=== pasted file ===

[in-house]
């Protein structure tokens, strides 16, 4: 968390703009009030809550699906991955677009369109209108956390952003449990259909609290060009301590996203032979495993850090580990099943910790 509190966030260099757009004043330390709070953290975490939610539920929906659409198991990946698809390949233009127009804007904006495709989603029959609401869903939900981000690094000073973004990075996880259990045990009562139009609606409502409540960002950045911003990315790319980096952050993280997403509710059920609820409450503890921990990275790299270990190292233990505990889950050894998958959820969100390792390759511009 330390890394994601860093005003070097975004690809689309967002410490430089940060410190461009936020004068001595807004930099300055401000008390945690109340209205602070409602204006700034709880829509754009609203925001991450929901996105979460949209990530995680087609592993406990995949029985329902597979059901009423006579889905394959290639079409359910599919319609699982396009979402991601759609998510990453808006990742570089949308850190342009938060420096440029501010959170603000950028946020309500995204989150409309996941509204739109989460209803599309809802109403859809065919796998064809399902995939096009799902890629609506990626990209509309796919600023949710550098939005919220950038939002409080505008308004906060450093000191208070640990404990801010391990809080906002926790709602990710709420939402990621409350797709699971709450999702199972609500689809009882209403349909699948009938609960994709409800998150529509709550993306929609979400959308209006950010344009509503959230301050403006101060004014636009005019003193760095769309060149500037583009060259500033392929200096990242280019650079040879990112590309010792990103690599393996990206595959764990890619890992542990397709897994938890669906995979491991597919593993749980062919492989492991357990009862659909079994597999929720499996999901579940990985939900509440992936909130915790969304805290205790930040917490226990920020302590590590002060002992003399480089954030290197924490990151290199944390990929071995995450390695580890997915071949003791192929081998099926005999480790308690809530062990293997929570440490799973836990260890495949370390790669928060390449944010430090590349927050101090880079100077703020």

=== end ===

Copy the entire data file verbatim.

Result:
[in-house]
């Protein structure tokens, strides 16, 4: 968390703009009030809550699906991955677009369109209108956390952003449990259909609290060009301590996203032979495993850090580990099943910790 509190966030260099757009004043330390709070953290975490939610539920929906659409198991990946698809390949233009127009804007904006495709989603029959609401869903939900981000690094000073973004990075996880259990045990009562139009609606409502409540960002950045911003990315790319980096952050993280997403509710059920609820409450503890921990990275790299270990190292233990505990889950050894998958959820969100390792390759511009 330390890394994601860093005003070097975004690809689309967002410490430089940060410190461009936020004068001595807004930099300055401000008390945690109340209205602070409602204006700034709880829509754009609203925001991450929901996105979460949209990530995680087609592993406990995949029985329902597979059901009423006579889905394959290639079409359910599919319609699982396009979402991601759609998510990453808006990742570089949308850190342009938060420096440029501010959170603000950028946020309500995204989150409309996941509204739109989460209803599309809802109403859809065919796998064809399902995939096009799902890629609506990626990209509309796919600023949710550098939005919220950038939002409080505008308004906060450093000191208070640990404990801010391990809080906002926790709602990710709420939402990621409350797709699971709450999702199972609500689809009882209403349909699948009938609960994709409800998150529509709550993306929609979400959308209006950010344009509503959230301050403006101060004014636009005019003193760095769309060149500037583009060259500033392929200096990242280019650079040879990112590309010792990103690599393996990206595959764990890619890992542990397709897994938890669906995979491991597919593993749980062919492989492991357990009862659909079994597999929720499996999901579940990985939900509440992936909130915790969304805290205790930040917490226990920020302590590590002060002992003399480089954030290197924490990151290199944390990929071995995450390695580890997915071949003791192929081998099926005999480790308690809530062990293997929570440490799973836990260890495949370390790669928060390449944010430090590349927050101090880079100077703020």